I'd fish the rod with a 2.5 line if fishing wets and not more than a 3 for dries (the additional wind resistance may require a slightly heavier line).
The Nissin Royal Stage Honryu 390 rod is a bit longer at 12'8" and a bit heavier at 2.9 ounces without the tip plug. I believe it is a replacement for the Nissin Air Stage Honryu 380, which is still on their website but is out of stock at Nissin.
In my write up of the Air Stage Honryu 380, I declared that it was the smoothest casting rod I had ever found. The 390 is just as smooth. I no longer have any of the Air Stage Honryu 380 rods to compare with the 390, but I would not be at all surprised if it was the same blank with a different grip. Both measure the same 15.5 pennies. Both feel soft but do not let that fool you, they are still quite capable rods.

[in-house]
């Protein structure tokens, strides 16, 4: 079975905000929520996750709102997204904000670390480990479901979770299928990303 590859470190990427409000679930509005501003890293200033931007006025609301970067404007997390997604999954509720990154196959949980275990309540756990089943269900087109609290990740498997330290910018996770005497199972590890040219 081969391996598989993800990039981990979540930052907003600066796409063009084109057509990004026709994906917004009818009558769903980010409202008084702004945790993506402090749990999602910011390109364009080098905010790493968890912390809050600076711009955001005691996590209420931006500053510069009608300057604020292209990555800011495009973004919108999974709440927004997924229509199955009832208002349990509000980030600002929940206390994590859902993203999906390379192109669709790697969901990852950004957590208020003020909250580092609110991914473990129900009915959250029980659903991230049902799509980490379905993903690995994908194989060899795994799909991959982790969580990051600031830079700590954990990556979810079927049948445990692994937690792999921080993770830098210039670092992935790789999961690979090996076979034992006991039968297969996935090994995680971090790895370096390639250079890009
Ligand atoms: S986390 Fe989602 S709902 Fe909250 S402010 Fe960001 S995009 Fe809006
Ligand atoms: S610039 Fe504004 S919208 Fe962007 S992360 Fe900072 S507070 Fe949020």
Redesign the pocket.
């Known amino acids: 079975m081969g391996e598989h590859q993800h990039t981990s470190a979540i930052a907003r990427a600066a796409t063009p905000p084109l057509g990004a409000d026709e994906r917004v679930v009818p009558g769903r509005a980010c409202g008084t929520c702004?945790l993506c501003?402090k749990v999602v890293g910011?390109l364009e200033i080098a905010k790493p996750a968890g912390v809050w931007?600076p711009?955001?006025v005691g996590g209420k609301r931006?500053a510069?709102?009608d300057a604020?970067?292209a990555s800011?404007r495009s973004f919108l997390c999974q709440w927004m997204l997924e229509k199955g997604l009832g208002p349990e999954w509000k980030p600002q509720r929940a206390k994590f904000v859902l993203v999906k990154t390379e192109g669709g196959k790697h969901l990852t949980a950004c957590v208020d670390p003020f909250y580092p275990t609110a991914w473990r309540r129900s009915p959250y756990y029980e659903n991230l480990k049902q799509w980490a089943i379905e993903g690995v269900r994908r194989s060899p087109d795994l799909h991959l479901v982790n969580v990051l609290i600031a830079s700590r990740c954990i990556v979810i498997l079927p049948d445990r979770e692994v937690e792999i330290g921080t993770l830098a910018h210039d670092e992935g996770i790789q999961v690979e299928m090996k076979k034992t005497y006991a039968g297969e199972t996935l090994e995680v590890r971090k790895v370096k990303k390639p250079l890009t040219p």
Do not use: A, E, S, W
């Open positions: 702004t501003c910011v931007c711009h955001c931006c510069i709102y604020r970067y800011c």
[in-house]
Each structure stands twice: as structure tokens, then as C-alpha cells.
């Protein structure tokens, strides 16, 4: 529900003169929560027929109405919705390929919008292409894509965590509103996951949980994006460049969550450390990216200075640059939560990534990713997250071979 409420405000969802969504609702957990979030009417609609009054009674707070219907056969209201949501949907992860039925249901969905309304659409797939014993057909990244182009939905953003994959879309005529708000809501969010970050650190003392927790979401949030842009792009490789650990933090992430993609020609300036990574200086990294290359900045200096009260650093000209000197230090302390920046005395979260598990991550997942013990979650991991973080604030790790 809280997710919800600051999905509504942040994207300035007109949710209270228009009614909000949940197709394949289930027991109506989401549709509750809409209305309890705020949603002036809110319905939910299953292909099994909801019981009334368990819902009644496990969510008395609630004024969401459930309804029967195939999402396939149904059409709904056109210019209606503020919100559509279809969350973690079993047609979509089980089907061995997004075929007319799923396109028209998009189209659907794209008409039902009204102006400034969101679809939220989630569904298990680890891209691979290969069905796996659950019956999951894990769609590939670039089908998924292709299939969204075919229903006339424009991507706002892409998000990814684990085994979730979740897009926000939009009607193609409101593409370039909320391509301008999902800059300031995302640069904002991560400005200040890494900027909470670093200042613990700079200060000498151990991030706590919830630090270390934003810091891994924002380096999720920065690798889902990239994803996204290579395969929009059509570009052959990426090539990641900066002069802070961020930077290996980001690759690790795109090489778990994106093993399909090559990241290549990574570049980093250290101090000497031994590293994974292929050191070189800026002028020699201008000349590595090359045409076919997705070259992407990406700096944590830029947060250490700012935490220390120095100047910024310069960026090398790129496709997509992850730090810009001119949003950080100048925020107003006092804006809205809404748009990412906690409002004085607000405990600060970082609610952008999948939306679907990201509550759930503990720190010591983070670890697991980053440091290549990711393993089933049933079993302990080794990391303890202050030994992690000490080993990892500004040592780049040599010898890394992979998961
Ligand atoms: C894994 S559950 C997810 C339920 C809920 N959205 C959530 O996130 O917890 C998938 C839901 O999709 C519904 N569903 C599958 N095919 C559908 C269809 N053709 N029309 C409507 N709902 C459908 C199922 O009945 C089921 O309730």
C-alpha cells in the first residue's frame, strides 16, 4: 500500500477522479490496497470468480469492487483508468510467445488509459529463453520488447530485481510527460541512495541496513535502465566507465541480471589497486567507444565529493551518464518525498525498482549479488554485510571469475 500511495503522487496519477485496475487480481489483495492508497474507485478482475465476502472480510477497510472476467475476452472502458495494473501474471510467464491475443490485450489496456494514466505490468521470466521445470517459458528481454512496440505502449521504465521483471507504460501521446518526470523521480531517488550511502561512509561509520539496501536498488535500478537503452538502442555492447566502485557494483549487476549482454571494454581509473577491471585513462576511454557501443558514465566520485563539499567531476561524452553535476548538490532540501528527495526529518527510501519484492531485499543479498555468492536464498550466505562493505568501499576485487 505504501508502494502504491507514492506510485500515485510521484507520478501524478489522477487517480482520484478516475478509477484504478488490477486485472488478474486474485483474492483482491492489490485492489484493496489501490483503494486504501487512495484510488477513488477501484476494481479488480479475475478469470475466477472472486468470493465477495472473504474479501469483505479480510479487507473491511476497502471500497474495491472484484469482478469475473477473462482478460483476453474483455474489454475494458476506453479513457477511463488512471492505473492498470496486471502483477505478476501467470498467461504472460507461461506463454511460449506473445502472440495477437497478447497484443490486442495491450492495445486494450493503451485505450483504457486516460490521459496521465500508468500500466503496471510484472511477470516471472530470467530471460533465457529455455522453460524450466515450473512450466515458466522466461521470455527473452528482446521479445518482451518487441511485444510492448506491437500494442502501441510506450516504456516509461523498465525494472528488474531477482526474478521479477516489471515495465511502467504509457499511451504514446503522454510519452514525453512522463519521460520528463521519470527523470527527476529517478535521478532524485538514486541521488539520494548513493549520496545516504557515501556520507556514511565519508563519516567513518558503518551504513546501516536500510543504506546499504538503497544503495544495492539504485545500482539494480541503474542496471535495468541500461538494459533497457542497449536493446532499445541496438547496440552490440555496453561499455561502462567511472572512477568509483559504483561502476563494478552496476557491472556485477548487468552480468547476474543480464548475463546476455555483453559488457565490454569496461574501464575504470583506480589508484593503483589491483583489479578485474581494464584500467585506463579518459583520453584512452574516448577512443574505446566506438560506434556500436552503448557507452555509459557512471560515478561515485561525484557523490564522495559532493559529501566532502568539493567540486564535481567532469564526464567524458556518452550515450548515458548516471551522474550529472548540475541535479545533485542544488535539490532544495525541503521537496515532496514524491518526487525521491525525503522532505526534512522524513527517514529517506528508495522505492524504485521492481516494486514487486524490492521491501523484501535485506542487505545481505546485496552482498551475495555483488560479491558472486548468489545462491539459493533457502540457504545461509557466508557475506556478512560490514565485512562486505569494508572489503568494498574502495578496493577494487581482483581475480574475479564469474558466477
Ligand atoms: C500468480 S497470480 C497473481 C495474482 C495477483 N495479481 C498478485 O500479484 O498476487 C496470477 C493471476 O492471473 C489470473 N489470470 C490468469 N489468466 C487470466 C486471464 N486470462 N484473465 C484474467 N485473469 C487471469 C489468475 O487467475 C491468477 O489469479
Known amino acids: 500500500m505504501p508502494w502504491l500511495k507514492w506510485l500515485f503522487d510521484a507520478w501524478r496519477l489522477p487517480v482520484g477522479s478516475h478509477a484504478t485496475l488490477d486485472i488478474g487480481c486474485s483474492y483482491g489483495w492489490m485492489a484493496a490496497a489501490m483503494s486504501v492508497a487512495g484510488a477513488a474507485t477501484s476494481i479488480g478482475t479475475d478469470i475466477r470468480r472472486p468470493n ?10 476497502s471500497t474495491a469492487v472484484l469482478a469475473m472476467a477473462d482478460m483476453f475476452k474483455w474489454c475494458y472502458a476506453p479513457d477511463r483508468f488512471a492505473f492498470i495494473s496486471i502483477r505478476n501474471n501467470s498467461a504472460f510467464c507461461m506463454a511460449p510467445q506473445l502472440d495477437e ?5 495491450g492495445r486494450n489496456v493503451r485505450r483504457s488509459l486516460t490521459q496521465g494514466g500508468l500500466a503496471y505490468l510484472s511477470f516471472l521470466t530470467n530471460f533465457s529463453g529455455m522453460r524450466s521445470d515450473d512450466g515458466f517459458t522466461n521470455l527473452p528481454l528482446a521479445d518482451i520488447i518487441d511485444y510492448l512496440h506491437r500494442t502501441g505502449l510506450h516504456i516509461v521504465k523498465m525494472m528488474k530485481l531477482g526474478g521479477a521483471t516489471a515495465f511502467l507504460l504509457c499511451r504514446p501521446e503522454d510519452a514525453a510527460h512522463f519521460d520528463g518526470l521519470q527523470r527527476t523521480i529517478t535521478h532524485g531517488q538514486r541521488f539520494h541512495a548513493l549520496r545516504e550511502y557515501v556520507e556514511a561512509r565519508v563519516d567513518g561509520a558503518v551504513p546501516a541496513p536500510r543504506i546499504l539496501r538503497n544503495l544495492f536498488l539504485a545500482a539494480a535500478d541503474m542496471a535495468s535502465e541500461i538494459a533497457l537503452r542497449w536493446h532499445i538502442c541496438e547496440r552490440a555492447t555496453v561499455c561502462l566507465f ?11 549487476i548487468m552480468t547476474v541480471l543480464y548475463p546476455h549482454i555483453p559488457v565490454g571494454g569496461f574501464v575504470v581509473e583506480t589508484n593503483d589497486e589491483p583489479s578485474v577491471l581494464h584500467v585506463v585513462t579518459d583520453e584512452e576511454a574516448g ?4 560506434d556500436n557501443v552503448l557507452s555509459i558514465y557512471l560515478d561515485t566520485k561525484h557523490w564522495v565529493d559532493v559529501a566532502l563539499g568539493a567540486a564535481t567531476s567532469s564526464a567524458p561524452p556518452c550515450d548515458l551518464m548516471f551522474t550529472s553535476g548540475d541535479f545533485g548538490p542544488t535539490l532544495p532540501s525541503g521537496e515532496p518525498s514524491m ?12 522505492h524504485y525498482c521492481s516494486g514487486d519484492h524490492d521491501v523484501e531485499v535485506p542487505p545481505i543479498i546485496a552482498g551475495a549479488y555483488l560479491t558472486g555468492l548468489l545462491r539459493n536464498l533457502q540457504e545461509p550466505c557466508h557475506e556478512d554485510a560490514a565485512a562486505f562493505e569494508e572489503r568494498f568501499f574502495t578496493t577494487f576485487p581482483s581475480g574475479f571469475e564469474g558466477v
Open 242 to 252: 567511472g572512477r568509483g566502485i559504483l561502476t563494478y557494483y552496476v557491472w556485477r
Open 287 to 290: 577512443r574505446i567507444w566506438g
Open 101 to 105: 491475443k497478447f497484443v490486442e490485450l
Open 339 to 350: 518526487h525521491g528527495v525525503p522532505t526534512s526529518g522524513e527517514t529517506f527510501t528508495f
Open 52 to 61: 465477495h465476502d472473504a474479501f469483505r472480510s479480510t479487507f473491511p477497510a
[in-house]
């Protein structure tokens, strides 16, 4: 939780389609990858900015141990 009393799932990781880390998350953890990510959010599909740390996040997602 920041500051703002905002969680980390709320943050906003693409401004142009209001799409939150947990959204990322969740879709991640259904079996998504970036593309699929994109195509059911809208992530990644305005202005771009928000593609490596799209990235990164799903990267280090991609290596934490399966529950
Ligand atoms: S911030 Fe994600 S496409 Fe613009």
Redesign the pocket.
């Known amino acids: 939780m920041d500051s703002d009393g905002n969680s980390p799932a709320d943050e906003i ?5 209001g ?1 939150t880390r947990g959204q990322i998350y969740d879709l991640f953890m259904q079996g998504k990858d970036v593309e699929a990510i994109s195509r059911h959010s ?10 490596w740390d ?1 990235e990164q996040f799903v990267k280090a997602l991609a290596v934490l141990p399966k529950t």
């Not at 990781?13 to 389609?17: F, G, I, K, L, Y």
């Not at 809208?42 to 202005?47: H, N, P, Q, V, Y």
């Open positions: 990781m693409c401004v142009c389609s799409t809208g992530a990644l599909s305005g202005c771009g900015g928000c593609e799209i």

I'd fish the 390 with a size 3 line for wets or a 3.5 with dries, which tend to be more wind resistant and thus require a slightly heavier line. With a light bead head, a 2.5 line would work well.
The smallmouth bass shown above was caught with an Air Stage 380, and I am sure the Royal Stage 390 is just as capable. Soft rods tire strong fish. They also protect light tippets. That doesn't make them weak rods, though. Nissin recommends tippets up to Japanese size 1.2, which is equivalent to 3.8X.
The grip is the same as that used for the Nissin Air Stage Fujiryu Tenkara rods. It just seems to fit your hand perfectly. The cypress is naturally rot resistant and provides an excellent nonskid surface. Do not be tempted to put any type of finish on the grip. That would only ruin the nonskid properties of the grip. (Do take the protective plastic wrap off, though.)